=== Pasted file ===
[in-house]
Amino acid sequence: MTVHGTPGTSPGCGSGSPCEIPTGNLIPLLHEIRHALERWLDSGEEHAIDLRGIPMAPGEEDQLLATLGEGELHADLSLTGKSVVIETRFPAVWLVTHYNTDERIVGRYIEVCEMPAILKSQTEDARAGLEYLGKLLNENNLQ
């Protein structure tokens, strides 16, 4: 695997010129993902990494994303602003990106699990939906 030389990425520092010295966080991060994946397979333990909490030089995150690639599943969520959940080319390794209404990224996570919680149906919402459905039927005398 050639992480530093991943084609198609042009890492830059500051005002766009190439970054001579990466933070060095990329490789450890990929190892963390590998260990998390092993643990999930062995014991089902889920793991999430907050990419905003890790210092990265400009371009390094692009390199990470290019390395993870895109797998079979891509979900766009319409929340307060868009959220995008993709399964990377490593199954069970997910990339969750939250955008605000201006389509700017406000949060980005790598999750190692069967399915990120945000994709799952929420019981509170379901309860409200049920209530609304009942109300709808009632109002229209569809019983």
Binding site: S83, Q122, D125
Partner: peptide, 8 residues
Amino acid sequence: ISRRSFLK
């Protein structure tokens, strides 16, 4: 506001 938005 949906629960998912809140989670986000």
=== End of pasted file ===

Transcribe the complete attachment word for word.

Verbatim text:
[in-house]
Amino acid sequence: MTVHGTPGTSPGCGSGSPCEIPTGNLIPLLHEIRHALERWLDSGEEHAIDLRGIPMAPGEEDQLLATLGEGELHADLSLTGKSVVIETRFPAVWLVTHYNTDERIVGRYIEVCEMPAILKSQTEDARAGLEYLGKLLNENNLQ
């Protein structure tokens, strides 16, 4: 695997010129993902990494994303602003990106699990939906 030389990425520092010295966080991060994946397979333990909490030089995150690639599943969520959940080319390794209404990224996570919680149906919402459905039927005398 050639992480530093991943084609198609042009890492830059500051005002766009190439970054001579990466933070060095990329490789450890990929190892963390590998260990998390092993643990999930062995014991089902889920793991999430907050990419905003890790210092990265400009371009390094692009390199990470290019390395993870895109797998079979891509979900766009319409929340307060868009959220995008993709399964990377490593199954069970997910990339969750939250955008605000201006389509700017406000949060980005790598999750190692069967399915990120945000994709799952929420019981509170379901309860409200049920209530609304009942109300709808009632109002229209569809019983």
Binding site: S83, Q122, D125
Partner: peptide, 8 residues
Amino acid sequence: ISRRSFLK
């Protein structure tokens, strides 16, 4: 506001 938005 949906629960998912809140989670986000």